Library and Archives Canada has a searchable database of historical government and private works, both published and non-published, for you to explore. Looking at the “archives” section will bring up photos and and documents often viewable online. The institution was brought together through federal legislation in 2004, tying together the National Library of Canada and the National Archives of Canada. They are mandated to provide a wealth of information and memory accessible to all Canadians. As one would expect, their collection is broad and could be of interest to many avenues of research. They do have a specific section on Aboriginal Peoples including databases, research aids, and virtual exhibitions.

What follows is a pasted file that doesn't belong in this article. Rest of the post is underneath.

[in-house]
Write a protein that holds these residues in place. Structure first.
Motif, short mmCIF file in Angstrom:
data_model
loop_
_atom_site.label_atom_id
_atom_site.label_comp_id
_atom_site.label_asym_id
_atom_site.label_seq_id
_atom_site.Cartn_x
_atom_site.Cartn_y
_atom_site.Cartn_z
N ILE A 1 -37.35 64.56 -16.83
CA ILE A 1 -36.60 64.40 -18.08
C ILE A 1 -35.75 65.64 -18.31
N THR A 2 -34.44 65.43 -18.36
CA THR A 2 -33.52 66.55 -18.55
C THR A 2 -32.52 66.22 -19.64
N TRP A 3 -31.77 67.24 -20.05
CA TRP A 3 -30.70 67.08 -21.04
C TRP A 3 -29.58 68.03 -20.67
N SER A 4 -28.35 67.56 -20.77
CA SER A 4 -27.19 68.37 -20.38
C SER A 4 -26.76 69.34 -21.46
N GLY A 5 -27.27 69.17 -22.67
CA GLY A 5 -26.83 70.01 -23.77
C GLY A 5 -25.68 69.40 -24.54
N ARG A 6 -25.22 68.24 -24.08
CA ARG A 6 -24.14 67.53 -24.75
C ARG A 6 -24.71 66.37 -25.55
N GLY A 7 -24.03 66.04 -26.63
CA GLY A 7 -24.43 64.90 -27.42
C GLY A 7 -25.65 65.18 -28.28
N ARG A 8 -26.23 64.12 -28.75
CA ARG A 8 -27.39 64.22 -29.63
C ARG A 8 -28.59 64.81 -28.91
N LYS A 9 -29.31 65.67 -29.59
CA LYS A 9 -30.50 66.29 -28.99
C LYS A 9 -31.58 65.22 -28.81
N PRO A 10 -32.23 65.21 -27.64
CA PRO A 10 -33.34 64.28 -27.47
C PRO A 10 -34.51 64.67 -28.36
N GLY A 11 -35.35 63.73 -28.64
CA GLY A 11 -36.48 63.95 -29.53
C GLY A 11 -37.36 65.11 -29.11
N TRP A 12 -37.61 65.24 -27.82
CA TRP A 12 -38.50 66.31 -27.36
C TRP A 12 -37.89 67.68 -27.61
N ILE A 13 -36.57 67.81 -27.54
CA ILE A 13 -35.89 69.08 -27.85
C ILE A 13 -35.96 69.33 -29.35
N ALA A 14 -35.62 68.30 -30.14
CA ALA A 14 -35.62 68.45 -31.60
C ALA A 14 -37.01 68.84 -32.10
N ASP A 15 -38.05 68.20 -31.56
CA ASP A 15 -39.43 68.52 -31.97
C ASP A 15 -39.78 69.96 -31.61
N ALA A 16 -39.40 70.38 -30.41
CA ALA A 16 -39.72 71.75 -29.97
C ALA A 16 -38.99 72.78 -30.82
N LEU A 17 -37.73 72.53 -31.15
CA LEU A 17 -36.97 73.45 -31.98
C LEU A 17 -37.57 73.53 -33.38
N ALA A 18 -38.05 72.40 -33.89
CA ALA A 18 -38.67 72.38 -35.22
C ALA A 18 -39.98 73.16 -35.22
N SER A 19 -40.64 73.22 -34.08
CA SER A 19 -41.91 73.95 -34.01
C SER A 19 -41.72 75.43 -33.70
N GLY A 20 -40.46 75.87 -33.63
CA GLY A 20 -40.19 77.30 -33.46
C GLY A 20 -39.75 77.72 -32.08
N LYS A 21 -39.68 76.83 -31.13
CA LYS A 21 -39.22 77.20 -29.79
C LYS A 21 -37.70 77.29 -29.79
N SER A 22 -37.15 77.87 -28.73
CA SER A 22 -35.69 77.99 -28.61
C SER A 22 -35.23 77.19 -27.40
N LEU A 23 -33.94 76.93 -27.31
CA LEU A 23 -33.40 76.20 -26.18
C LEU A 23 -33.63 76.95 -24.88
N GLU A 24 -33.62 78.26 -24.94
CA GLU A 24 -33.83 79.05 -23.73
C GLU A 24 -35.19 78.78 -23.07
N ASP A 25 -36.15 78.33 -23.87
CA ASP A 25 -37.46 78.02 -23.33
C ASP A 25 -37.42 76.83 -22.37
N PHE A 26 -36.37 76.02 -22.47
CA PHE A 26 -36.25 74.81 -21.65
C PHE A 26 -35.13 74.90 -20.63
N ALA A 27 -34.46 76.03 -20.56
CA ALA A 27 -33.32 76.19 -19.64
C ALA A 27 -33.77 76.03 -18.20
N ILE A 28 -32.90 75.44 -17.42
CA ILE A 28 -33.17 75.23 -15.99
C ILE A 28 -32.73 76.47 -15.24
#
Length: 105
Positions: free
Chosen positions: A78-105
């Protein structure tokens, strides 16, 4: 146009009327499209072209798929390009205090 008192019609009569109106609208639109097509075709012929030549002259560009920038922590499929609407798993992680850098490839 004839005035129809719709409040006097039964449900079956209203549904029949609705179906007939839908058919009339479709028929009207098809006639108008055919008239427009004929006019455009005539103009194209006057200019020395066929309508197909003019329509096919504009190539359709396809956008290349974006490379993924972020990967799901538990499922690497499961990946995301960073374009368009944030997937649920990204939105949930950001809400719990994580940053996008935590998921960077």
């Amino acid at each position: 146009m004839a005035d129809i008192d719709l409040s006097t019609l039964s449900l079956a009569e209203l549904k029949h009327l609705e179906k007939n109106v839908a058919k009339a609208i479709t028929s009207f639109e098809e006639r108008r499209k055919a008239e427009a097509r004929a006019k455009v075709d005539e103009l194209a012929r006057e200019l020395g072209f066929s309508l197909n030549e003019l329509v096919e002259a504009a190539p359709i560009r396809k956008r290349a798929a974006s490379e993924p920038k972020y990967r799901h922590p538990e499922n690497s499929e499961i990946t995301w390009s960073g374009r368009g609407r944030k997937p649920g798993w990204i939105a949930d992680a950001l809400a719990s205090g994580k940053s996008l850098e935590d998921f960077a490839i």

Indigenous tribes in Canada have a long history of oral tradition and most often did not have a traditional written language. Considering our discussions this week about the goals of Aboriginal Education versus the euro-centric mainstream and the struggles of Aboriginal children to relate to westernized instruction methods, perhaps it is no surprise that Aboriginal literacy rates in Canada are often lower than non-Aboriginal literacy rates. Compounding struggles for literacy is the fact that neither provincial nor federal library funding extends to Aboriginal reserve lands. Realizing the importance of literacy, First Nations in BC have begun to found private libraries on Reserve land. The first on-reserve library in British Columbia was opened in 2007 on Haida Gwaii, and more recently the Thistalalh Memorial Library opened it’s doors to the coastal community of Bella Bella. As a place for stories, oral traditions, games, family time and more, Libraries may become a more common feature of Reserve communities.